"estimate the economic life of the machine, the cost of labor (someone has to operate the machine and actually interpret the images), other variable costs such as power usage, maintenance and repairs on the machine, interest paid on the financing of the machine (or foregone investment income), et cetera. And even if we calculated this accurately, we would only estimate the cost per some period of ownership (e.g., the cost per month, or the cost per day, etc.)."
The key contributor to understanding the declining healthcare costs for Utah health care was their computer programming system, which is still a work in progress. In one aspect of the computer system, there are 200 million rows of costs for items like drugs, medical devices and doctor’s time in the operating room. There are also efforts to track outcomes such as days in the hospital and readmissions and a dropdown menu that compares each doctor’s costs and outcomes with other’s in the same department. Through this method, the hospital has been able to calculate multiple items, including cost per minute in the emergency room ($0.82), in the surgical ICU ($1.43) and operating room for an orthopedic surgery case ($12).
Through researching costs, the hospital also noticed inventory and physician trends that allowed them to evaluate who was spending what and determine where to cut costs. Dr. McCarthy describes looking at supplies costs as a good example of where hospitals can begin to better understand their actual costs:
"I’ve worked on similar projects trying to help the hospital estimate their costs of blood per surgery, or their costs of bone graft materials for spine fusion surgeries. Why don’t all hospitals know how many bandages their using per surgery or how many units of bone graft material? One general reason is that, historically, hospitals haven’t had to know these things. With fee-for-service reimbursement and minimal patient cost-sharing, hospitals have little or no efficiency incentives. They had no need to track their costs particularly closely. So the problem is, at least in-part, derived from decades of operation in which costs just weren’t a factor."
Dr. McCarthy’s explanation is shown in the statistics. In the past, patients have had less out-of-pocket expenditures (copayments, deductibles, coinsurance) and physicians were reimbursed for each service. Now, our health system payment system has become more complex as more and more people want health insurance and the political climate of the Affordable Care Act (ACA) has changed the framework of healthcare.
As our healthcare system adopts the ACA, Dr. McCarthy describes how it would be informative to understand how the new healthcare law would help or hinder the implementation of the Utah model and for cost programs across the nation:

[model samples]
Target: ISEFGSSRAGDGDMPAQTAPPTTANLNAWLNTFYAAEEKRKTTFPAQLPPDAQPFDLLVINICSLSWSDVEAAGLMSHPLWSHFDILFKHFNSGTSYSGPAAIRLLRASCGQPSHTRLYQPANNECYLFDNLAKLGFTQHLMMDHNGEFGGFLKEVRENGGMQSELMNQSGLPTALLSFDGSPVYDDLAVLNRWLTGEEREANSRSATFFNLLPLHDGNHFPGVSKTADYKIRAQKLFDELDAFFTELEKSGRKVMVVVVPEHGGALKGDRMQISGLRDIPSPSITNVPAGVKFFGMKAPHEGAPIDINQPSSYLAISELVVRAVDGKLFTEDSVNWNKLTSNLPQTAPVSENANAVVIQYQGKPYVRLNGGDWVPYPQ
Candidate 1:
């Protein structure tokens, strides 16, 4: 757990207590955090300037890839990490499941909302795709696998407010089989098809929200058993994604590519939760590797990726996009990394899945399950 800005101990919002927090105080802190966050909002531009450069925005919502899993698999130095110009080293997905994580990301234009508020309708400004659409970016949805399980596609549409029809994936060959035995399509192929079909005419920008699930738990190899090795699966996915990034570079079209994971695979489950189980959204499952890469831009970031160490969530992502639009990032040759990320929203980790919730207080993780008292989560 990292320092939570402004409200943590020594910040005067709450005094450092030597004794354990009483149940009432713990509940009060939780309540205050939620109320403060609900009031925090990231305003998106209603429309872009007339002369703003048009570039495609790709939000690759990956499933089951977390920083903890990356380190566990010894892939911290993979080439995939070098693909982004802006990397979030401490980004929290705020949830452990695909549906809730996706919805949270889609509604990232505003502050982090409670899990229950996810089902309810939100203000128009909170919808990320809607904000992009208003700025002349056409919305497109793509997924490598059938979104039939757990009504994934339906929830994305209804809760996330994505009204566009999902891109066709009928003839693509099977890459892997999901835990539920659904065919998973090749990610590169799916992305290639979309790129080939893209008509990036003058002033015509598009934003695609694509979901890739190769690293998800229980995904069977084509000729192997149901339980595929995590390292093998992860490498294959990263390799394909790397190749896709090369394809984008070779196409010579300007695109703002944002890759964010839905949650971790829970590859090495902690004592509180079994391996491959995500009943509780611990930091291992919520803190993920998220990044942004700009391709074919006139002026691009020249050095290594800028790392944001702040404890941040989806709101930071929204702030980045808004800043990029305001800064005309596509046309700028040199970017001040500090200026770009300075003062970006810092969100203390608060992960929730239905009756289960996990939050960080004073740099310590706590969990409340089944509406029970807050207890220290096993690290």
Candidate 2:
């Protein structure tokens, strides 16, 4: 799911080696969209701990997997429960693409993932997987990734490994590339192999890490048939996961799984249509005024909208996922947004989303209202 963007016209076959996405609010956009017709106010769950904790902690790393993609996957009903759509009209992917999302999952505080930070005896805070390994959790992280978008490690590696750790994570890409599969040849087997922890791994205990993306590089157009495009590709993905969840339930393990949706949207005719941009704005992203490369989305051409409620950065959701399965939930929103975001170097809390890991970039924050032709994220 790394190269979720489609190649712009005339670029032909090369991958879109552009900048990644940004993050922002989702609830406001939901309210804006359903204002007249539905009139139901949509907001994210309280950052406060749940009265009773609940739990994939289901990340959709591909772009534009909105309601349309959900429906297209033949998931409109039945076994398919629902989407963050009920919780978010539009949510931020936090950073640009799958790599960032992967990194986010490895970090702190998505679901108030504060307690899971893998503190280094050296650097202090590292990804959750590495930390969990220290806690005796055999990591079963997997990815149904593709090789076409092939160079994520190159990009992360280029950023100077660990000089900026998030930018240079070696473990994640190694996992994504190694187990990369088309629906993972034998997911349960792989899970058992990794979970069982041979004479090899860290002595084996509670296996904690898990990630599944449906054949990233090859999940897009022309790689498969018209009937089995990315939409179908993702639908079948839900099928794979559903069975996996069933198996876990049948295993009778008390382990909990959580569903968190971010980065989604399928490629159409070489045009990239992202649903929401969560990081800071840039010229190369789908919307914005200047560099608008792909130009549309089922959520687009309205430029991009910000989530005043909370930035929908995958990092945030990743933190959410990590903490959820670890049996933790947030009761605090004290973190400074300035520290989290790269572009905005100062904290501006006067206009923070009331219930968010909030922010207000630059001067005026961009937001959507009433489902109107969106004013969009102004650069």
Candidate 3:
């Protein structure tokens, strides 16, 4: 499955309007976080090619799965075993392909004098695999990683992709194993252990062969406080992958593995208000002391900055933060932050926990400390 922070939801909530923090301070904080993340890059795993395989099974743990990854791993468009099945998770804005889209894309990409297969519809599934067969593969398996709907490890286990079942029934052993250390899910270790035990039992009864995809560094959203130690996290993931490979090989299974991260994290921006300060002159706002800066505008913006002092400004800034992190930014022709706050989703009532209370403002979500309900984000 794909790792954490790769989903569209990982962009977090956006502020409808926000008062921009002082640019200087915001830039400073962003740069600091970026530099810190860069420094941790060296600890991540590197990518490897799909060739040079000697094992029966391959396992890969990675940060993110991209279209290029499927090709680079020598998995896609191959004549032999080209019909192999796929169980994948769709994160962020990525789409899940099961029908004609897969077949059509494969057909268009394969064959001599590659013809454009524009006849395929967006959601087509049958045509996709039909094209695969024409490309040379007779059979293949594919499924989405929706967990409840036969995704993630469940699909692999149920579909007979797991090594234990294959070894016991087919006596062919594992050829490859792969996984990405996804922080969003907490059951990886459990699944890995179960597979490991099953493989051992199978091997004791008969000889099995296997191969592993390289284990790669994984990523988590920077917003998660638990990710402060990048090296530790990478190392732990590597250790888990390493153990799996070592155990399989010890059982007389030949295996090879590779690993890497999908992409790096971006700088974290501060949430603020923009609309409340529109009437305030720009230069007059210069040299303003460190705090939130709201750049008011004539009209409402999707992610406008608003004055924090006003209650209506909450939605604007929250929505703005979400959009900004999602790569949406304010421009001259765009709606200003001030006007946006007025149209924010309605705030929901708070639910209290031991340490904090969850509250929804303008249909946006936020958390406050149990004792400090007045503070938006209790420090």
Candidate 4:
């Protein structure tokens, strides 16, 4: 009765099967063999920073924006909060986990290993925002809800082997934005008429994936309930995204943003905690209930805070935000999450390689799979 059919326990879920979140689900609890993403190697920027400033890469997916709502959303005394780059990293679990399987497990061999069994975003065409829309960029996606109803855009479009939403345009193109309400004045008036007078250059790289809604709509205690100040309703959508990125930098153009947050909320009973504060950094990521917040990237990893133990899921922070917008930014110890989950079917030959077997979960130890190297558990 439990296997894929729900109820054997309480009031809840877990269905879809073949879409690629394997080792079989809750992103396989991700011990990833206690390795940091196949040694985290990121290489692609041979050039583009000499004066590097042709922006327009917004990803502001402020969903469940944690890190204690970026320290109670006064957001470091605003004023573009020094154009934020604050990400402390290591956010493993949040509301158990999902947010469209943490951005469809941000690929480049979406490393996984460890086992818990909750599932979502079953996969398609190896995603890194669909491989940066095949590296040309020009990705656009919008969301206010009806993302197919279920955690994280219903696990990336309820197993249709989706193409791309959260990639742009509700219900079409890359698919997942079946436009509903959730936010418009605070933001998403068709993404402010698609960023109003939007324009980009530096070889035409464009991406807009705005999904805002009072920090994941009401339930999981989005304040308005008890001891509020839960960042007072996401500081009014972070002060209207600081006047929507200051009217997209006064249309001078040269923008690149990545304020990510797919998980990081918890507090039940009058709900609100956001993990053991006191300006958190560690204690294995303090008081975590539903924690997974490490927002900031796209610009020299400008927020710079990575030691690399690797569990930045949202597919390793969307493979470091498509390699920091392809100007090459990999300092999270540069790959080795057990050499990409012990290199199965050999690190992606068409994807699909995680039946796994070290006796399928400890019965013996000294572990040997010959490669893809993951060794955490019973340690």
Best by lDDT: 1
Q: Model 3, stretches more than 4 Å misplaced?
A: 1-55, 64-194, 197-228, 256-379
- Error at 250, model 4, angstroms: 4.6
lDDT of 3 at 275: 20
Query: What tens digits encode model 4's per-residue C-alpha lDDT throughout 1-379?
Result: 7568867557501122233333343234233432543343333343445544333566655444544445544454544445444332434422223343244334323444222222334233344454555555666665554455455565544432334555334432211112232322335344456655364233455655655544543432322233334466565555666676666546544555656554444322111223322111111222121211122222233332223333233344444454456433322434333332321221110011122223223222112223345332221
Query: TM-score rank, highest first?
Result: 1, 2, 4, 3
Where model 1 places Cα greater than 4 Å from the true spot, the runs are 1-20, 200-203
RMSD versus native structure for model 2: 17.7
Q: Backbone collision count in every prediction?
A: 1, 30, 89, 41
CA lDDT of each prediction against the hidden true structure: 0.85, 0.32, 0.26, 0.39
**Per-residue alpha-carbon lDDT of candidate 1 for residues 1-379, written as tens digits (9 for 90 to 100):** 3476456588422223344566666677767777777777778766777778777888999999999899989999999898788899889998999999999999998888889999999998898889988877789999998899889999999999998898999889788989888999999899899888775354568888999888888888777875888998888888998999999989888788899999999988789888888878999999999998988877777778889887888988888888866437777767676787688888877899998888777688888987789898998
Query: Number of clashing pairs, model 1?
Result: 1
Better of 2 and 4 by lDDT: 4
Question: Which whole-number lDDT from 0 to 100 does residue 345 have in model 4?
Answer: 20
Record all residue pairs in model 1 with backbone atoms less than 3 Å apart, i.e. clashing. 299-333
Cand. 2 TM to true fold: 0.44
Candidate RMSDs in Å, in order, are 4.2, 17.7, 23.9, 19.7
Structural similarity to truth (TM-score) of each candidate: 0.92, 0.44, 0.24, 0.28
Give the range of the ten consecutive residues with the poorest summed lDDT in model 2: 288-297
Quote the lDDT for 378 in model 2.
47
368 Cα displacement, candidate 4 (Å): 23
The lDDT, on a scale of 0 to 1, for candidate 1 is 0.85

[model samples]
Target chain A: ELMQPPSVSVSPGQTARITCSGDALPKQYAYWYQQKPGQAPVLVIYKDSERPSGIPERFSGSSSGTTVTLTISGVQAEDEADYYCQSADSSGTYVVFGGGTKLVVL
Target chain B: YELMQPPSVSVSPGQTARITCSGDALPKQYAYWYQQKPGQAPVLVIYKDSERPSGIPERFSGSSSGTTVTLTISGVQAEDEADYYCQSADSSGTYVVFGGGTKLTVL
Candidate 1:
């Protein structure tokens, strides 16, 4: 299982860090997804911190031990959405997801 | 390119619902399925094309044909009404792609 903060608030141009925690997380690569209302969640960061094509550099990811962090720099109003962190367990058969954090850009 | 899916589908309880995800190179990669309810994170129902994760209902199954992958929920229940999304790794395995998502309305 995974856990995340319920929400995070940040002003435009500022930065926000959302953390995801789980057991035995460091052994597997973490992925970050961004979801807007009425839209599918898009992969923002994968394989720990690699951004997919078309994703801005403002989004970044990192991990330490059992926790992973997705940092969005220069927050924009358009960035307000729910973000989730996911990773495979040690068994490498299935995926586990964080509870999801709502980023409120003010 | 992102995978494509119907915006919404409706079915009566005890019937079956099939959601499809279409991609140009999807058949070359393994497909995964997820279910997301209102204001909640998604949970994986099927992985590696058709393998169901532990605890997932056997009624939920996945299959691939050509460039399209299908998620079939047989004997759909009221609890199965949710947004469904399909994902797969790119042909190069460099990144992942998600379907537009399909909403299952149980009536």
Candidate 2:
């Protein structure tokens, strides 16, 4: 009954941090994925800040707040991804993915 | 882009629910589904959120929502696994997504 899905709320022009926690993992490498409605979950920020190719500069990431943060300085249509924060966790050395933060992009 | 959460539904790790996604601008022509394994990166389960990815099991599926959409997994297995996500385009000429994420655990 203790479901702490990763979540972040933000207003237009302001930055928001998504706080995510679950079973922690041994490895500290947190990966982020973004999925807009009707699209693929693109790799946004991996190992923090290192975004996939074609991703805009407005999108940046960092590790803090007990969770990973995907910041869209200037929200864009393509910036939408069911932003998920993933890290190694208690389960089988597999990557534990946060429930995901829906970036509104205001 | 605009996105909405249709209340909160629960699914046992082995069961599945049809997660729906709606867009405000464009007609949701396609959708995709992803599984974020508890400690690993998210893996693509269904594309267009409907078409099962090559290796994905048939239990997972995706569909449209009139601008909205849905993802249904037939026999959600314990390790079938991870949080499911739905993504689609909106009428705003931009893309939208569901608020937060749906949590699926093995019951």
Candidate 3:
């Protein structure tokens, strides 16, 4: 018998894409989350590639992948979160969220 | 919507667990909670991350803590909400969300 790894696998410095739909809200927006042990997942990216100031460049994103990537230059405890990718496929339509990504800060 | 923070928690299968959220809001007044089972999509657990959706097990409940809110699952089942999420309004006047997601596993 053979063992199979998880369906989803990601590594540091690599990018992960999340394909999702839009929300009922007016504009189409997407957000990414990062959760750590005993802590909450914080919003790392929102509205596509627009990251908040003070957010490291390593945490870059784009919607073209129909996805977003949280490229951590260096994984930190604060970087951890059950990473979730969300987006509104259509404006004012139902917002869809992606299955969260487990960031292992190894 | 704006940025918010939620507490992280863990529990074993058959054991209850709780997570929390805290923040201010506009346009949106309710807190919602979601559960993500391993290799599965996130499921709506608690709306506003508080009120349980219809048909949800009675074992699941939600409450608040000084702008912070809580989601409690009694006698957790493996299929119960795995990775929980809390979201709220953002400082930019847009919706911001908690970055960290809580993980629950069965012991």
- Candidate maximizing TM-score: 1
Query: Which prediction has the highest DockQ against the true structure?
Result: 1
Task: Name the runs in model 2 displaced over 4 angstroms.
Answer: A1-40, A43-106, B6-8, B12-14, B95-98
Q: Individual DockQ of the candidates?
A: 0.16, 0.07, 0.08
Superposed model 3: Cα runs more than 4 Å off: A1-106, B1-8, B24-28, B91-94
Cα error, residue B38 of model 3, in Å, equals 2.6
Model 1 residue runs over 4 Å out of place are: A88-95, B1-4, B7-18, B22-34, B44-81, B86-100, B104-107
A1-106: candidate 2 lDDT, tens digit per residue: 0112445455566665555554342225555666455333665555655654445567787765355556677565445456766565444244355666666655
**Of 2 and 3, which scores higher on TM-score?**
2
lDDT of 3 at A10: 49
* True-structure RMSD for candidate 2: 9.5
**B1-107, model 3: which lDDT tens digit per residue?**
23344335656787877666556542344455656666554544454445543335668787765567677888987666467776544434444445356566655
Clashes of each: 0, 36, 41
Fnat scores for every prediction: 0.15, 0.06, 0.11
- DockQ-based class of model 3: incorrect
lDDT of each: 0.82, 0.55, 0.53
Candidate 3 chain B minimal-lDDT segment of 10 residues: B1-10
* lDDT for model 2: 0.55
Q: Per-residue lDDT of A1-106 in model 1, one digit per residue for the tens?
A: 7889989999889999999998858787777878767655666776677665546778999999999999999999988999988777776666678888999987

"I think the Affordable Care Act definitely introduced incentives for hospitals to start managing their costs – for example, the Value Based Purchasing program, as well as some of the pilot projects surrounding accountable care organizations and bundled payments. So in that way, the ACA will help the implementation of the model as there is now a financial reason for hospitals to care about costs."
For a quick summary, Value-Based Purchasing is part of the Centers for Medicare & Medicaid Services effort to link Medicare’s payment system to a value-based system to improve healthcare quality including the quality of care provided in the inpatient hospital setting. For those interested in learning more about Accountable Care Organizations and Bundled Payments, please refer here and here. These three models place more emphasis on quality of care, a large move away from the fee-for-service model that has been prevalent in this country.
With the success of the Utah system, the next step is to ask whether their methods can be applied to a more national scale to cut healthcare costs. Different hospitals have unique patient populations and relationships between physicians and insurers, but hospitals can look to Utah Health’s cost-cutting techniques for guidance. Dr.McCarthy’s suggestions, coupled with the success of Utah, include identifying what are the most expensive procedures, most areas of waste, and how this waste is quantified. The changes in the Utah Health System show that hospital systems can successfully measure and identify areas of high costs and implement ways to reduce and monitor these costs.